Okay, first, the apologies…

I apologise to the Saturday evening concerts in the Pakkahuone and Klubi: Papanosh & Roy Nathanson & Fidel Fourneyron; Colin Stetson & Sarah Neufeld; Ginger Baker Jazz Confusion; and Magnetic Ensemble. All great musicians but after a ‘Thinging’ afternoon, I found myself drawn to the Telakka bar and the Finnish musicians playing there. I got too comfortable and I just couldn’t drag myself away. There. I’m sure I wasn’t missed and even if they don’t forgive me, I suspect I was never on Mr Baker’s Christmas card list anyway!

Anyway, on to what I did see…

Jussi Fredriksson Trio
Jussi Fredriksson – piano
Jori Huhtala – bass
Mika Kallio – drums

I hate to generalise but I’m going to… if there’s one common feature in Finnish jazz for all its wide variety, it’s possibly that whatever the style or genre, there’s always a little twist to it; some indefinable edge or alternate perspective. Here we have the classic piano trio format but certainly not an ordinary piano trio. Fredriksson begins with a calm deliberation, doling out the notes with no particular urgency, a mood of steady introspection with touches of almost-but-not-quite dissonance lurking at the periphery. Huhtala and Kallio unhurriedly join in, easing us into the first of three highly distinctive flavours in the Telakka bar this evening.

Mika Kallio ©Jyrki Kallio
Mika Kallio
©Jyrki Kallio

I think Mika Kallio is kind of the ‘mad professor’ of the drums. In his solo work, he mixes a huge variety of disparate percussive ingredients for very experimental (and satisfying) results. Here, in a less ‘out there’ setting, his brushwork is fluid and relaxed with an easy precision, full of subtle embellishment. Just one song in, Kallio takes an extended solo. I’ve seen him in the past with a much more ‘bells and whistles’ kit (literally) but he makes this relatively stripped-down array sing and moan – it’s not the toys, it’s the player! Back to the piano lead, there’s a sense of almost Monk-ish playfulness. Standards are quoted but always with that alternate perspective that creates a very fresh cliché-free experience.

Very tasteful but never bland, as a unit, the Jussi Fredriksson Trio were a new experience for me. The next day, I was at the Digelius stall buying the CD, “?” – does that count as an endorsement?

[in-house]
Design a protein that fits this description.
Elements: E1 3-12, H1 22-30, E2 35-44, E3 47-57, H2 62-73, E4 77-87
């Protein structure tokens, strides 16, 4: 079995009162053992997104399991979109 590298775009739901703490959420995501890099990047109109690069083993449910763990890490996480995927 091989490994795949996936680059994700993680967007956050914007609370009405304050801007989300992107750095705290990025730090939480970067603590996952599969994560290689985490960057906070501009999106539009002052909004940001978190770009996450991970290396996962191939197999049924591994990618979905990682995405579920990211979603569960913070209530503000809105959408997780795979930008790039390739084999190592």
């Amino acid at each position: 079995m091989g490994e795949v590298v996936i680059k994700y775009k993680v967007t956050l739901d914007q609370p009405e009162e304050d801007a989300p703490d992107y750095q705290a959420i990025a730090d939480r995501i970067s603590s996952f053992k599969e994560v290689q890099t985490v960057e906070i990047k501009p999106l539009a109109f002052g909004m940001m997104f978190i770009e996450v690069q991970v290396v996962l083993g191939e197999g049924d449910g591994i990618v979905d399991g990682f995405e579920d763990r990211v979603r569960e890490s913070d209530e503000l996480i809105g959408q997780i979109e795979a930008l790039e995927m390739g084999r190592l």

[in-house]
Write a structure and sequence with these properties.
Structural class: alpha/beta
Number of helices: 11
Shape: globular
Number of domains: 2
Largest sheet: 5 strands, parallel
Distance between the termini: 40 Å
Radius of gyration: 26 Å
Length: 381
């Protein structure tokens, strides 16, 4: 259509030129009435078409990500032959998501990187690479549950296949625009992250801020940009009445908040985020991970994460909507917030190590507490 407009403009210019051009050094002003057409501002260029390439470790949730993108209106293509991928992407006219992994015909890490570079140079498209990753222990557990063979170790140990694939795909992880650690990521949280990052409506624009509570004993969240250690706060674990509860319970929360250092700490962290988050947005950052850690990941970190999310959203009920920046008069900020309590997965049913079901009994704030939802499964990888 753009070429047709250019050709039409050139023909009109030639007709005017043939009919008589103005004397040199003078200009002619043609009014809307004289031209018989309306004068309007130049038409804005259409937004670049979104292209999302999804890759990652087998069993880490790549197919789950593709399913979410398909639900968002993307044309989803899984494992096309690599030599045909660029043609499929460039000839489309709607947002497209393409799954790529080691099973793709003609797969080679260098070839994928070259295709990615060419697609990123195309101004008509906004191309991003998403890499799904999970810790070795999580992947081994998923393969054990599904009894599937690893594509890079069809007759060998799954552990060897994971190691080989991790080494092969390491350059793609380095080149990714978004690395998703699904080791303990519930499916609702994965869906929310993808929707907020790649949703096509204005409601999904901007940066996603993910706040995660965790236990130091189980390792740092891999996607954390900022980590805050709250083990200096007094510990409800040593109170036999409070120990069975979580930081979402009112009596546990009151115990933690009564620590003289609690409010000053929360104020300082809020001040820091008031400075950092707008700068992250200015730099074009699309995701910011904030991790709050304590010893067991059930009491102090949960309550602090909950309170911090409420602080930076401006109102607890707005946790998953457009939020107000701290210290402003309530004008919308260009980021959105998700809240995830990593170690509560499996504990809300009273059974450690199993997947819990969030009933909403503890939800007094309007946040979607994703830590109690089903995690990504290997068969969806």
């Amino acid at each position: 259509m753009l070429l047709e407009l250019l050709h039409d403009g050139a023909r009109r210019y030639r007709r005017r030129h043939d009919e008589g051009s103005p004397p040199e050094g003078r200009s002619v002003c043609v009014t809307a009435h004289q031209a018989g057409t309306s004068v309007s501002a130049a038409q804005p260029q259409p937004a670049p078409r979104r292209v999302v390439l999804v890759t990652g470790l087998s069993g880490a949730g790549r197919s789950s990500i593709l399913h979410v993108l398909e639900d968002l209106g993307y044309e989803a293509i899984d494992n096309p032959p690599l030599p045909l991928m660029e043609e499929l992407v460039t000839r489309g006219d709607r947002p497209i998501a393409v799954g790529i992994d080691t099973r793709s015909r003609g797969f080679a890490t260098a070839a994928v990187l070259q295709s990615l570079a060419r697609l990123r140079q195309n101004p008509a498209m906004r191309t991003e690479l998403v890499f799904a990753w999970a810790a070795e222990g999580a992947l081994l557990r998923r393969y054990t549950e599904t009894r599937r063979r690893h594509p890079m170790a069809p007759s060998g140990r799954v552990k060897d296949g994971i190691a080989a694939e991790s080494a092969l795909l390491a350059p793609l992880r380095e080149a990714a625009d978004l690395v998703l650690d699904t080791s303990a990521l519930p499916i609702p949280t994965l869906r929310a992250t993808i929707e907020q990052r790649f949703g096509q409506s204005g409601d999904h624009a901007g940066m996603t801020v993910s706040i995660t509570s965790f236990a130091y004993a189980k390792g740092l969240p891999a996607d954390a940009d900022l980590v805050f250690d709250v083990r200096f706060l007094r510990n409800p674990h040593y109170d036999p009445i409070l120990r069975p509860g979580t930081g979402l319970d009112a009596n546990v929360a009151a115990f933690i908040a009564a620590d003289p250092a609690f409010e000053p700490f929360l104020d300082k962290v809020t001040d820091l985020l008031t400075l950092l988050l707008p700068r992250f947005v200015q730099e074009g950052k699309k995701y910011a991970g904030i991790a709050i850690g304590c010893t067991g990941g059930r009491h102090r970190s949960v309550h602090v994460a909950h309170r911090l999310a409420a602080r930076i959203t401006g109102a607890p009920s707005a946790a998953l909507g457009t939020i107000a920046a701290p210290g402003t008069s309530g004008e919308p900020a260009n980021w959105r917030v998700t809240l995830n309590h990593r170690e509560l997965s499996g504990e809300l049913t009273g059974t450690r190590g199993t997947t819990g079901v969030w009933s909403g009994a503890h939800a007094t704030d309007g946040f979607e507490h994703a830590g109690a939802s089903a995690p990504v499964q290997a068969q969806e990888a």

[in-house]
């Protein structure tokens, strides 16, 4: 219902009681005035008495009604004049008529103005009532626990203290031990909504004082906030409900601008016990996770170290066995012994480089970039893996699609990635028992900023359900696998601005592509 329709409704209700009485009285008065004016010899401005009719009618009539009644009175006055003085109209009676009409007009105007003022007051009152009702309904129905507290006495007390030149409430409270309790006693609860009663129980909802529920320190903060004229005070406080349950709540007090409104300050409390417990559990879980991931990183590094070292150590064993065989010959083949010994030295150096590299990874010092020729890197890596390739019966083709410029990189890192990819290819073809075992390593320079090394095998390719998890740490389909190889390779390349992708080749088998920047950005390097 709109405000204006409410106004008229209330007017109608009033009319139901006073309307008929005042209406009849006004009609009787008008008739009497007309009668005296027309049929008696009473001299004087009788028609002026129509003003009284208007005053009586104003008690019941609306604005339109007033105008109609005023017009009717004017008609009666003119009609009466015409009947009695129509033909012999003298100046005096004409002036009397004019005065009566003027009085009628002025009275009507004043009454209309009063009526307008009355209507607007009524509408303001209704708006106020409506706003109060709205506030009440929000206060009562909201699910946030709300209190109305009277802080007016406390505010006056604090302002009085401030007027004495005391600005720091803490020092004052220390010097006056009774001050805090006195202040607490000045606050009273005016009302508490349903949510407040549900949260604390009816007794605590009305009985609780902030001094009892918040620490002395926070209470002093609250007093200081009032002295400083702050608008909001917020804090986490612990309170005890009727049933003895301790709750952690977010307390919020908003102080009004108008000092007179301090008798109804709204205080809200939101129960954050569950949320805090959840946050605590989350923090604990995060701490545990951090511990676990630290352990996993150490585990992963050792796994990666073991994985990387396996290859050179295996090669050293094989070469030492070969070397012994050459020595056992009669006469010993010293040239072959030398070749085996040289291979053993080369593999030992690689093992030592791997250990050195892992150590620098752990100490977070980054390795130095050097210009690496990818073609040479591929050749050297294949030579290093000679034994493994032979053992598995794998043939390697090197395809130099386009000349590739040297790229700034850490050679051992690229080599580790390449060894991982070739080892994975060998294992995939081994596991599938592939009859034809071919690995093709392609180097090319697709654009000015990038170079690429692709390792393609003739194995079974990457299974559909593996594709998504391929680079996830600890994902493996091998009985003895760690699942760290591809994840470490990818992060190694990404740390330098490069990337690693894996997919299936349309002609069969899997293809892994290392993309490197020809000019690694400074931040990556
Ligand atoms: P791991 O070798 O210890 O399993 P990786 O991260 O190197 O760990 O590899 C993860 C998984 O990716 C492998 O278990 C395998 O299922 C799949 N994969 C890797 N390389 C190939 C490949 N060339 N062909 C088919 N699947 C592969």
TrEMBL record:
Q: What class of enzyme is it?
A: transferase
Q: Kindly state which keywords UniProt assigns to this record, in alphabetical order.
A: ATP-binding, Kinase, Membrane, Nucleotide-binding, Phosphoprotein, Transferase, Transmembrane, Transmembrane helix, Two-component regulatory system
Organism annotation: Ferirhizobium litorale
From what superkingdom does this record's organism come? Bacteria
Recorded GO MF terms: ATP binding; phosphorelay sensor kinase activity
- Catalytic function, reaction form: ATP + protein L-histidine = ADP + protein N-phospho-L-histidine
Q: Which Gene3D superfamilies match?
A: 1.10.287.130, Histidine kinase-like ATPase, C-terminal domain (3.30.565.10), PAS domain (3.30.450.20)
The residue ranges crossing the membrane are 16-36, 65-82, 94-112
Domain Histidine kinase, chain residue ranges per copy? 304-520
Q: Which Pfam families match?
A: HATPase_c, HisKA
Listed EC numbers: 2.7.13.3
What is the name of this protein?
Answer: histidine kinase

Skinny Jenny
Alexi Tuomarila – piano
Timo Kämäräinen – guitar
Tuomas Timonen – drums

If Jussi Fredriksson and Co. are subtly updating tradition, Skinny Jenny have travelled so far they can’t even see tradition in the rearview mirror. Pop, rock, electronic influences, all filtered through an improvising sensibility and distilled into a series of songs (yes, songs, there were vocals – I’m not entirely convinced by the English lyrics but the voice and delivery were perfect.)

Timo Kämäräinen ©Jyrki Kallio
Timo Kämäräinen
©Jyrki Kallio

Tuomarila makes heavy use of that bell-like bubbling Fender Rhodes-ish tonality to create a very 70s progressive vibe and Kämäräinen’s blues-rock guitar tone is right there with him. I’m hearing King Crimson, Focus, and definitely Pink Floyd. After a particularly referential medley, Kämäräinen wryly notes, “That’s a pack of quotes, for sure.” At the same time, the arrangements and playing also stray into more abstract territory, even ambient at times. It’s uncategorisable and a great set. Looking forward to hearing more of Skinny Jenny.

Ilmiliekki Quartet
Verneri Pohjola – trumpet
Tuomo Prättälä – piano
Antti Lötjönen – bass
Olavi Louhivuori – drums

It’s been six years since I was last in Tampere for the Jazz Happening and I’ve missed out on a lot of great music in that time. This year’s programme is particularly excellent but if I had to point to one group that made me decide this was the year to return, it would be the Ilmiliekki Quartet. I hate to seem like a gushing fanboy but I saw them here in the Telakka in 2004 and I still often listen to their two albums regularly (Dear TUM Records, where oh where is album #3, please release it soon!) I have to admit that I was looking forward to hearing some old favourites live – “ICO”, “Old May Become New”, “Askisto”… – but as ever, Ilmiliekki confounded my expectations and played only the new material, and you know what? I didn’t miss the old.

©Jyrki Kallio
©Jyrki Kallio

As ever, the compositions are mature, unpredictable, full of subtlety, strongly melodic, instantly memorable and simply quite moving (including a gorgeous arrangement of Queen’s “All Dead, All Dead”). Pohjola fully deserves his burgeoning reputation as a world talent; I’ve heard him play in a few different scenarios over the years but I think that his most sensitive and evocative side is brought out in this company. Lötjönen is both steady and subtle with a sense of unflashy delicacy, truly a player in the service of the tune. I’ll admit that Prättälä is unknown to me outside of Ilmiliekki, but he brings a beautiful sense of ‘ripple and flow’ to every composition this evening. Finally, Louhivuori is possibly the most eclectic in his non-Ilmiliekki adventures and in this ensemble, it always seems to me that the diverse rhythmic touches and accents make the drums a lead instrument alongside Pohjola’s trumpet. Despite the fact that these four don’t play together so often anymore – busy as they are with what seems like dozens of solo and other projects – that telepathic communication remains, a single unified whole that had a packed venue hanging on their every nuance, right down to the last barely audible note, lost in wonder.

I liked it. But then, I knew I would.

(There’s no picture sadly

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